Mulled wine and cold weather go together like peanut butter and jelly. No matter what you call it—Glühwein, Glgg, or vin chaud—this hot drink is the best way to beat the winter blues. But what is mulled wine, anyway?
Simply put, mulled wine is a red wine spiced with mulling spices and if desired, dried fruits. This traditional European drink is trendy around the holidays and is often the first thing people think of when they think of Christmas markets. Even though some versions don’t have alcohol, most mulled wines have a lot of alcohol.
Even though most of us won’t be flying across the world to visit Christmas markets, bringing a bit of European holiday spirit into your home has never been easier.
You must grab a bottle of red wine, add some spices, and let the heat do the rest. Don’t you know what to buy? We’ve already done the hard work. Check out our list of the best red wines at home to make mulled wine.
Cline Ancient Vines Zinfandel 2018
Taste: Strawberries, coffee, chocolate, vanilla, and sweet spices are all things you can taste.
What could be better than a beer that is juicy, full-bodied, and full of fruity flavours? This red wine from California’s North Coast has a lot of flavours and is excellent for making mulled wine at home. The primary tastes in this wine are black cherries, tobacco, raspberry compote, vanilla, and sweet spice. Pour a little on the side and sip it on its own while you make your coffee. You won’t be sorry.
Domaine Bousquet Malbec
Taste: Blackberry, red and blackcurrant, plum, oak, and chocolate are all things you can taste.
Don’t worry about breaking the bank! This tasty malbec costs around $10 and goes well with mulled spices. Notes of black fruits, plums, tobacco, violets, and cassis will give it a whole body. When the price is this low, we will buy two.
Carrie Lyn Strong, a sommelier and owner of Strong Wine Consulting LLC, says that she makes her own mulled wine at home with whole cloves, cinnamon sticks, star anise, lemon peel (not orange peel), and candied ginger. “Ground spices give the wine a grainy texture that I don’t like,” she says, adding that adding simple syrup or Cointreau will help make the wine taste sweeter. “And if I’m feeling extra [festive], I’ll add some brandy or rum.”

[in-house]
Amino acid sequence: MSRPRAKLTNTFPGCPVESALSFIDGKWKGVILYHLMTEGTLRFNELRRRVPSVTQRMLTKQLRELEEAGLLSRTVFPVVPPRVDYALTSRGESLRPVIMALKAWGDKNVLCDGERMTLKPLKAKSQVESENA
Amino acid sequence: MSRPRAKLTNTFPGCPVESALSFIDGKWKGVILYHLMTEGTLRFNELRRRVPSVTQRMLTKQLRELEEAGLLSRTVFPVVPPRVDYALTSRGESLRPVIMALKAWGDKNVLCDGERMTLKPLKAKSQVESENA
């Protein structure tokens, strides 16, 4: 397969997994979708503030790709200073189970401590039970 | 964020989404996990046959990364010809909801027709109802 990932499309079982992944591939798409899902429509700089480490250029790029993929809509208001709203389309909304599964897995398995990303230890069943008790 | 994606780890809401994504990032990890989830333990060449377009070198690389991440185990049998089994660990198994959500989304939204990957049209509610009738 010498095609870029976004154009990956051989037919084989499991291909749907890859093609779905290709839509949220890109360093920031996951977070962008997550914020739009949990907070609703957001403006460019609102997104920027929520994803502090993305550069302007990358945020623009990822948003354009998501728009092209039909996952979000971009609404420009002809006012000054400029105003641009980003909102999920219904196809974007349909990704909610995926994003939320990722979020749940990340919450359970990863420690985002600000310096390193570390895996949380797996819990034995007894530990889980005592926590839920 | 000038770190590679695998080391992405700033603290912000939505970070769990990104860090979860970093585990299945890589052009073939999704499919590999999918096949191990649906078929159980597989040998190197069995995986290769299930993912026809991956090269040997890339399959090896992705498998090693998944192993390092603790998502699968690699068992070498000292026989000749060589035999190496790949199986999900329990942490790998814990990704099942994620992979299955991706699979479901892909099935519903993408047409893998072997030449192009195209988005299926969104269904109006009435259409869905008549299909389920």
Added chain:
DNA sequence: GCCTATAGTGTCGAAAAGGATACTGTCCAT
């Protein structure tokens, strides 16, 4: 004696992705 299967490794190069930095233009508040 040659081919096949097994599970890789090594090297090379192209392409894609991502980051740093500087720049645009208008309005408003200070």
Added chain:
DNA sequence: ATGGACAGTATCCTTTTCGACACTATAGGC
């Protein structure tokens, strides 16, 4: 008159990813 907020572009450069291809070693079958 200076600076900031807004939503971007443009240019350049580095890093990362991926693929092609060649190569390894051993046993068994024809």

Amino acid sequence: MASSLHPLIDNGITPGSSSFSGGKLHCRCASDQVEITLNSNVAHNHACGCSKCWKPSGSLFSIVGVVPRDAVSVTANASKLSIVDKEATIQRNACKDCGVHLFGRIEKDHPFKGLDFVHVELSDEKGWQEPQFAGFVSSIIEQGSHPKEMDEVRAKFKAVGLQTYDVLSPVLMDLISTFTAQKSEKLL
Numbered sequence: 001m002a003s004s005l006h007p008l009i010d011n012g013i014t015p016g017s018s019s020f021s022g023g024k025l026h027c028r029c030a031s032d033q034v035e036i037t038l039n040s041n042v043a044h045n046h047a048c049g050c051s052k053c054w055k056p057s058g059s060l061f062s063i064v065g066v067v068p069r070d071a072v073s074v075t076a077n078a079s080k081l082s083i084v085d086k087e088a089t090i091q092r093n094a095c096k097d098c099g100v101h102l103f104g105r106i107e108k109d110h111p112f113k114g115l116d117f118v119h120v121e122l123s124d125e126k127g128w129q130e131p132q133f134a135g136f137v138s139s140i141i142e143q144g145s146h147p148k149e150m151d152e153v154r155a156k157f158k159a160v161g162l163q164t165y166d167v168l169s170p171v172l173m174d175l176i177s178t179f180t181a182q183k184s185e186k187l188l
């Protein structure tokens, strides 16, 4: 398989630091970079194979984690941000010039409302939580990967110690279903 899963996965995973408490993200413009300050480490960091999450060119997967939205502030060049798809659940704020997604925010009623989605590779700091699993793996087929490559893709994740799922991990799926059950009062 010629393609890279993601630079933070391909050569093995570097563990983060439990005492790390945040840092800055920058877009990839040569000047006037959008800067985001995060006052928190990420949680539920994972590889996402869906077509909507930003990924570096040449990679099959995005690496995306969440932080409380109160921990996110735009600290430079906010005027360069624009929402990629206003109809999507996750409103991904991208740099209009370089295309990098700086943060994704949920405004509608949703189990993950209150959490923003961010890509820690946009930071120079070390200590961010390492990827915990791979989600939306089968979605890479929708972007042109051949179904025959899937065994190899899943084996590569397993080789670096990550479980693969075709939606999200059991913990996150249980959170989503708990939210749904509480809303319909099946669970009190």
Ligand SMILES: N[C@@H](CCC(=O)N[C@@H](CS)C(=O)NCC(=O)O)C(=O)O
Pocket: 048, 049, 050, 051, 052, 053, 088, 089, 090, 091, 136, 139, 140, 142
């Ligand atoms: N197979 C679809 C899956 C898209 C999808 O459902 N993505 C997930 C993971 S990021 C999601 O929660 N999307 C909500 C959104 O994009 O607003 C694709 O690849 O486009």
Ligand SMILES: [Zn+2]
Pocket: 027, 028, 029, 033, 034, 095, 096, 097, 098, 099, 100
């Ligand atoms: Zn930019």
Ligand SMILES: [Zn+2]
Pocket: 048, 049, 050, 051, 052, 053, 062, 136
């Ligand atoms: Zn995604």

M. Chapoutier Belleruche Côtes-du-Rhône
Taste: Blackcurrant, Raspberry, White Pepper
This easy-to-find bottle of red wine comes from Southern France, made by one of the most popular organic winemakers in the area. This wine, mostly made of grenache, has a lot of juicy red berries, black currant, liquorice, and sweet spice flavours.
“I like to use a low-tannin red wine, like grenache or full-bodied pinot noir, so that the holiday spices don’t get lost,” says Strong. He adds that it’s important to find a bottle with soft fruit flavors and lively acidity.
Cune (CVNE) Crianza
Taste: Black cherry, red plum, liquorice, spice, and tobacco are all things you can taste.
This blend’s bright acidity and well-balanced flavours, mostly tempranillo, make it great for mulling with sweet spices and dried fruits. On the full-bodied palate of the wine, you can taste ripe strawberries, raspberries, tobacco leaves, used leather, and vanilla.
Taste: Plum, cherry, cassis, blackberry, thyme, and black pepper are all things you can taste.
This Merlot is made from organic fruit in the heart of Chile’s Central Valley. It is smooth and easy to drink. The smooth flavours of blackberries, blueberries, fresh herbs, and black pepper in the wine come to life when baking spices and dried fruit are added. This has a medium body, is bright, and is very tasty.
“I would use a cheap cabernet sauvignon or merlot from Chile to make mulled wine because these wines have a lot of fruit and not so many tannins. “There’s no reason to spend money here,” says Jeff Harding, who is in charge of wine at the Waverly Inn in New York.
Bonterra Organic Cabernet Sauvignon
Taste: Cherry, currant, raspberry, toasted oak, and vanilla are all things you can taste.
This organic, easy-to-find, and cheap bottle of cabernet sauvignon is perfect for making mulled wine home because it meets all our criteria. The flavours of ripe cherries, black currants, cinnamon, and cedar lead to a smooth finish that lasts a long time. The intense flavour of the wine can handle a lot of mulling spices, so feel free to add an extra dash here.
Strong suggests drinking mulled wines with warm cheese dishes like raclette, melted brie, or camembert served with charcuterie, steak tips au Poivre, and all the fixings: dried tropical fruit (mangoes, apricots, figs), fresh winter citrus (blood or Cara Cara oranges), salted or spiced nuts (Marcona almonds, walnuts, pecans), sweet and spicy pepper jam, and crispy, freshly-baked bread.
She says, “This dinner is great with mulled wine when the fire is warm, the wind howls all night, and blankets are spread out on the couch.”
Leyda Pinot Noir
Taste: Cherry, strawberry, cinnamon, and citrus peel are all things you can taste.
For mulled wine, choosing a pinot noir with a more considerable body is essential. Because of this, we tend to stick to wines from the New World made from riper grapes. This bottle of wine from Chile’s Leyda Valley is a great deal for how much it costs (and perfect for serving warm with spices). The wine has a medium body, so you can expect to taste plums, ripe berries, smoke, and spices.
“Mulled wine says Christmas. Harding says, “I would serve it with a cake like coffee cake, panettone, or any dessert that uses winter spices and/or dried fruits.”
Chateau Maris Minervois
Taste: Cherry, Blueberry, Currant, and Chocolate
This bold red blend from the south of France packs a serious punch, making it an excellent match for flavorful spices. The wine has a medium-full body with jammy notes of red plums, cherries, liquorice, and smoke. This tasty blend has a solid structure thanks to its smooth tannins and bright acidity.